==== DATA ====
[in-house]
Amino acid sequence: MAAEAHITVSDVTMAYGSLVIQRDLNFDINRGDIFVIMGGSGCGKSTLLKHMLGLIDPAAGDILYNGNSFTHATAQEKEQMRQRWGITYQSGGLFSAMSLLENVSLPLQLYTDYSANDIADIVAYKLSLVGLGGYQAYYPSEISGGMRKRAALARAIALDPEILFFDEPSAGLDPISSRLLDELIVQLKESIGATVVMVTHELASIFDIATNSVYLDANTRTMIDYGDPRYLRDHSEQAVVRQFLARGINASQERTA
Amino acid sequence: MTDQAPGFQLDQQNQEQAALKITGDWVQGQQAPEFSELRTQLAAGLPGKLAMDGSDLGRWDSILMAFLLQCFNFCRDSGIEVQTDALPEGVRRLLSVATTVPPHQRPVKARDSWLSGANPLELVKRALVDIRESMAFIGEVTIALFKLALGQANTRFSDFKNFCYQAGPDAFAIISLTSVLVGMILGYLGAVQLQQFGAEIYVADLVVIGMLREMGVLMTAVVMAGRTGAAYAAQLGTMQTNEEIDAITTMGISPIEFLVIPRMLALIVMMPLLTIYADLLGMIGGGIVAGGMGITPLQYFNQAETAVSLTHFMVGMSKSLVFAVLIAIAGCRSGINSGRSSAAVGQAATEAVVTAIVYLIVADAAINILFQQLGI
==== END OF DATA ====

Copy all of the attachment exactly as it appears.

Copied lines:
[in-house]
Amino acid sequence: MAAEAHITVSDVTMAYGSLVIQRDLNFDINRGDIFVIMGGSGCGKSTLLKHMLGLIDPAAGDILYNGNSFTHATAQEKEQMRQRWGITYQSGGLFSAMSLLENVSLPLQLYTDYSANDIADIVAYKLSLVGLGGYQAYYPSEISGGMRKRAALARAIALDPEILFFDEPSAGLDPISSRLLDELIVQLKESIGATVVMVTHELASIFDIATNSVYLDANTRTMIDYGDPRYLRDHSEQAVVRQFLARGINASQERTA
Amino acid sequence: MTDQAPGFQLDQQNQEQAALKITGDWVQGQQAPEFSELRTQLAAGLPGKLAMDGSDLGRWDSILMAFLLQCFNFCRDSGIEVQTDALPEGVRRLLSVATTVPPHQRPVKARDSWLSGANPLELVKRALVDIRESMAFIGEVTIALFKLALGQANTRFSDFKNFCYQAGPDAFAIISLTSVLVGMILGYLGAVQLQQFGAEIYVADLVVIGMLREMGVLMTAVVMAGRTGAAYAAQLGTMQTNEEIDAITTMGISPIEFLVIPRMLALIVMMPLLTIYADLLGMIGGGIVAGGMGITPLQYFNQAETAVSLTHFMVGMSKSLVFAVLIAIAGCRSGINSGRSSAAVGQAATEAVVTAIVYLIVADAAINILFQQLGI